This monument is a statement made by Canadians to the world that honours those who died in the tragedy of the Holocaust and says to future generations of Canadians, never again.
Based on this principle, the House of Commons unanimously, and I might add enthusiastically, adopted Bill C-442 at second reading and referred it to the Standing Committee on Transport, Infrastructure and Communities.
On May 13, 2010, the committee began a study of the bill at the Standing Committee on Transport, Infrastructure and Communities where the member for Edmonton—Sherwood Park stated, and I repeat, that the Prime Minister gave his support and approval to the bill as passed in the House.
On May 26, 2010, and again on June 3, 2010, your committee met in public, not in camera, for clause-by-clause consideration of the bill. The government presented a total of nine amendments, one for each clause of the bill.
At the meeting on June 3, 2010, the Parliamentary Secretary to the Minister of Transport, Infrastructure and Communities moved five amendments. In at least three cases the chair ruled the proposed amendments inadmissible. In each case the chair's ruling was appealed by the Parliamentary Secretary to the Minister of Transport, Infrastructure and Communities and the chair was overruled. The amendments were then carried on division.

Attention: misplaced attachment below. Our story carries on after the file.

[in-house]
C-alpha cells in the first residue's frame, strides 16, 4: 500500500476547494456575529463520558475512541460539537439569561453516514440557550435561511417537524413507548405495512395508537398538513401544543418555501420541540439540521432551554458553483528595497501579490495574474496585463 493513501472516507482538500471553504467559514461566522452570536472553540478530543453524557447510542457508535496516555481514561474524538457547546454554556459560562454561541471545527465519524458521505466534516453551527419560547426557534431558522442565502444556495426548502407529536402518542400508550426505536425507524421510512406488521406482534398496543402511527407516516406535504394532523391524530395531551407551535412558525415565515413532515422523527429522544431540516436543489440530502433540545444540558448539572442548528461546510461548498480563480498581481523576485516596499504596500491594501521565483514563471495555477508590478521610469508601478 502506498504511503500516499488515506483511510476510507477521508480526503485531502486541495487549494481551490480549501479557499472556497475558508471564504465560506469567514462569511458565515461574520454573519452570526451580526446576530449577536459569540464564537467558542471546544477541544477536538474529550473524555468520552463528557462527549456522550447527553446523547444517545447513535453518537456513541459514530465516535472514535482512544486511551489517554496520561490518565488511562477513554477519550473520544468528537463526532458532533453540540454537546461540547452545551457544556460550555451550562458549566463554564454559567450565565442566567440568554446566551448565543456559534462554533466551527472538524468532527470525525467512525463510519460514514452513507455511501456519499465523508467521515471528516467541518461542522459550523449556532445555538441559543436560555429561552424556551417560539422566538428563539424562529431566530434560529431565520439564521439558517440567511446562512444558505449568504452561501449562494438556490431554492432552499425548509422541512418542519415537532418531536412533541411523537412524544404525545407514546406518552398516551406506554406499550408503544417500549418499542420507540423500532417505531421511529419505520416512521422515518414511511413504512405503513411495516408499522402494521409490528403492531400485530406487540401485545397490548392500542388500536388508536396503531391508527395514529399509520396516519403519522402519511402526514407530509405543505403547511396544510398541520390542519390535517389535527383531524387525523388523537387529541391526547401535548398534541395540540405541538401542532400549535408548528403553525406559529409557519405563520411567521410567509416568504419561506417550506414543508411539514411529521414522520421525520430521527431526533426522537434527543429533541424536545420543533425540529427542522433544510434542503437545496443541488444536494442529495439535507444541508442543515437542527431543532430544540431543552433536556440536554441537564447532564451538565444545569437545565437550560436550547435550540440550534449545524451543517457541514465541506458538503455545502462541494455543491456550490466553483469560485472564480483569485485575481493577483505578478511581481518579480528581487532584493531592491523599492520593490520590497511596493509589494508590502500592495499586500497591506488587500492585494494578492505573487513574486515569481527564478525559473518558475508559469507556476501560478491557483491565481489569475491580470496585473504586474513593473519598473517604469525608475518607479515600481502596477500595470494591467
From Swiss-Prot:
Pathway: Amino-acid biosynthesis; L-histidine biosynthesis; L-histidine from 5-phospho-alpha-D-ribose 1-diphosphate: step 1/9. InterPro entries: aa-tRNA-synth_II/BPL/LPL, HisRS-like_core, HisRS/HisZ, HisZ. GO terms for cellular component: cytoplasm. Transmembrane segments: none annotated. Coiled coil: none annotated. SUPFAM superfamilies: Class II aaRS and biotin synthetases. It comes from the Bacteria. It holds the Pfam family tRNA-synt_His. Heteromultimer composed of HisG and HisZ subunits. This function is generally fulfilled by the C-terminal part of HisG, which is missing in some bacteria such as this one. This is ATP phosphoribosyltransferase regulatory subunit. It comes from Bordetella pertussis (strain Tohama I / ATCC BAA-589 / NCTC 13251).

For clarity's sake, I will read out the specific amendments in question.
On Clause 2, the Parliamentary Secretary to the Minister of Transport, Infrastructure and Communities moved:
That Bill C-442, in Clause 2, be amended by replacing line 10 on page 2 with the following:
“Minister under section 4 and directed as such by the Minister to form a legal entity in order to properly manage the functions and ensure good governance and accountability of said council.”
The chair ruled this amendment inadmissible because it proposed a substantive amendment to the bill by way of a modification to the interpretation clause, as provided on page 769 of House of Commons Procedure and Practice, Second Edition.
On Clause 7, the Parliamentary Secretary to the Minister of Transport, Infrastructure and Communities moved: